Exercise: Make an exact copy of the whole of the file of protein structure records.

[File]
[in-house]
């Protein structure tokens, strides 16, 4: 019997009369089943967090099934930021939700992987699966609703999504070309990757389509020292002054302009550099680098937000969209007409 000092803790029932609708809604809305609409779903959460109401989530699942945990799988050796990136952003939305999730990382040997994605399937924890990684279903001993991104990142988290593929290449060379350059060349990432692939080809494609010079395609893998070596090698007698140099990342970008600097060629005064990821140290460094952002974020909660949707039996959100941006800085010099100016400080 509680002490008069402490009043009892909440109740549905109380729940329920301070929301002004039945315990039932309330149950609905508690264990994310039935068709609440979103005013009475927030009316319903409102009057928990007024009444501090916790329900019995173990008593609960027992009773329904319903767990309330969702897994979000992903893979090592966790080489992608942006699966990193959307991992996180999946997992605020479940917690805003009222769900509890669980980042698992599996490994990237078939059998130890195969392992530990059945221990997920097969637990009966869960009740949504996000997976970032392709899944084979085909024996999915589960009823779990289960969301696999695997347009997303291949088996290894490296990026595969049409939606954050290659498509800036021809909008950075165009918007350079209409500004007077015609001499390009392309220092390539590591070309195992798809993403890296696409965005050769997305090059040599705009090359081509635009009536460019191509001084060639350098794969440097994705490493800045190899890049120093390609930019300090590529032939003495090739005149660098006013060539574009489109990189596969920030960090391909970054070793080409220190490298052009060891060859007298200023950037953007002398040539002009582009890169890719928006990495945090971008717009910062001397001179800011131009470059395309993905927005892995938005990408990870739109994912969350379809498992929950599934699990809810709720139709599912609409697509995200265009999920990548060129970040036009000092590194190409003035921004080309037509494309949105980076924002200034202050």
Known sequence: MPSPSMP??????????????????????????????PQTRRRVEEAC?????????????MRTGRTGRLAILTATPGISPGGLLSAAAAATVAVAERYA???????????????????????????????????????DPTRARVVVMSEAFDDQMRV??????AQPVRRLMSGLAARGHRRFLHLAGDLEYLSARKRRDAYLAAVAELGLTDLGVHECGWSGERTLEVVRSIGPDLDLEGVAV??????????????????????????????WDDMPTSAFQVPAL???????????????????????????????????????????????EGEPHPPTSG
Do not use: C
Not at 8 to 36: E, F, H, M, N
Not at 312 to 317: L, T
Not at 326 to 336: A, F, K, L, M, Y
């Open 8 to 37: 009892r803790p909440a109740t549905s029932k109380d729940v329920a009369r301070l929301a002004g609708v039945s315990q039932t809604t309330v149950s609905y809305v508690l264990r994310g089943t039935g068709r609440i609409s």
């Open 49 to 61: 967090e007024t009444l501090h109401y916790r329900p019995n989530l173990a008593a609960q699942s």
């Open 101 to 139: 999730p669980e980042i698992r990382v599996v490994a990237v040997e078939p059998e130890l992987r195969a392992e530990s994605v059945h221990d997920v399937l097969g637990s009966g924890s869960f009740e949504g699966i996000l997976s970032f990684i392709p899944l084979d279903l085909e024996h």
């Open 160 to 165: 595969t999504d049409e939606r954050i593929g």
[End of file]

[in-house]
């Protein structure tokens, strides 16, 4: 019997009369089943967090099934930021939700992987699966609703999504070309990757389509020292002054302009550099680098937000969209007409 000092803790029932609708809604809305609409779903959460109401989530699942945990799988050796990136952003939305999730990382040997994605399937924890990684279903001993991104990142988290593929290449060379350059060349990432692939080809494609010079395609893998070596090698007698140099990342970008600097060629005064990821140290460094952002974020909660949707039996959100941006800085010099100016400080 509680002490008069402490009043009892909440109740549905109380729940329920301070929301002004039945315990039932309330149950609905508690264990994310039935068709609440979103005013009475927030009316319903409102009057928990007024009444501090916790329900019995173990008593609960027992009773329904319903767990309330969702897994979000992903893979090592966790080489992608942006699966990193959307991992996180999946997992605020479940917690805003009222769900509890669980980042698992599996490994990237078939059998130890195969392992530990059945221990997920097969637990009966869960009740949504996000997976970032392709899944084979085909024996999915589960009823779990289960969301696999695997347009997303291949088996290894490296990026595969049409939606954050290659498509800036021809909008950075165009918007350079209409500004007077015609001499390009392309220092390539590591070309195992798809993403890296696409965005050769997305090059040599705009090359081509635009009536460019191509001084060639350098794969440097994705490493800045190899890049120093390609930019300090590529032939003495090739005149660098006013060539574009489109990189596969920030960090391909970054070793080409220190490298052009060891060859007298200023950037953007002398040539002009582009890169890719928006990495945090971008717009910062001397001179800011131009470059395309993905927005892995938005990408990870739109994912969350379809498992929950599934699990809810709720139709599912609409697509995200265009999920990548060129970040036009000092590194190409003035921004080309037509494309949105980076924002200034202050």
Known sequence: MPSPSMP??????????????????????????????PQTRRRVEEAC?????????????MRTGRTGRLAILTATPGISPGGLLSAAAAATVAVAERYA???????????????????????????????????????DPTRARVVVMSEAFDDQMRV??????AQPVRRLMSGLAARGHRRFLHLAGDLEYLSARKRRDAYLAAVAELGLTDLGVHECGWSGERTLEVVRSIGPDLDLEGVAV??????????????????????????????WDDMPTSAFQVPAL???????????????????????????????????????????????EGEPHPPTSG
Do not use: C
Not at 8 to 36: E, F, H, M, N
Not at 312 to 317: L, T
Not at 326 to 336: A, F, K, L, M, Y
């Open 8 to 37: 009892r803790p909440a109740t549905s029932k109380d729940v329920a009369r301070l929301a002004g609708v039945s315990q039932t809604t309330v149950s609905y809305v508690l264990r994310g089943t039935g068709r609440i609409s």
């Open 49 to 61: 967090e007024t009444l501090h109401y916790r329900p019995n989530l173990a008593a609960q699942s």
């Open 101 to 139: 999730p669980e980042i698992r990382v599996v490994a990237v040997e078939p059998e130890l992987r195969a392992e530990s994605v059945h221990d997920v399937l097969g637990s009966g924890s869960f009740e949504g699966i996000l997976s970032f990684i392709p899944l084979d279903l085909e024996h």
């Open 160 to 165: 595969t999504d049409e939606r954050i593929g």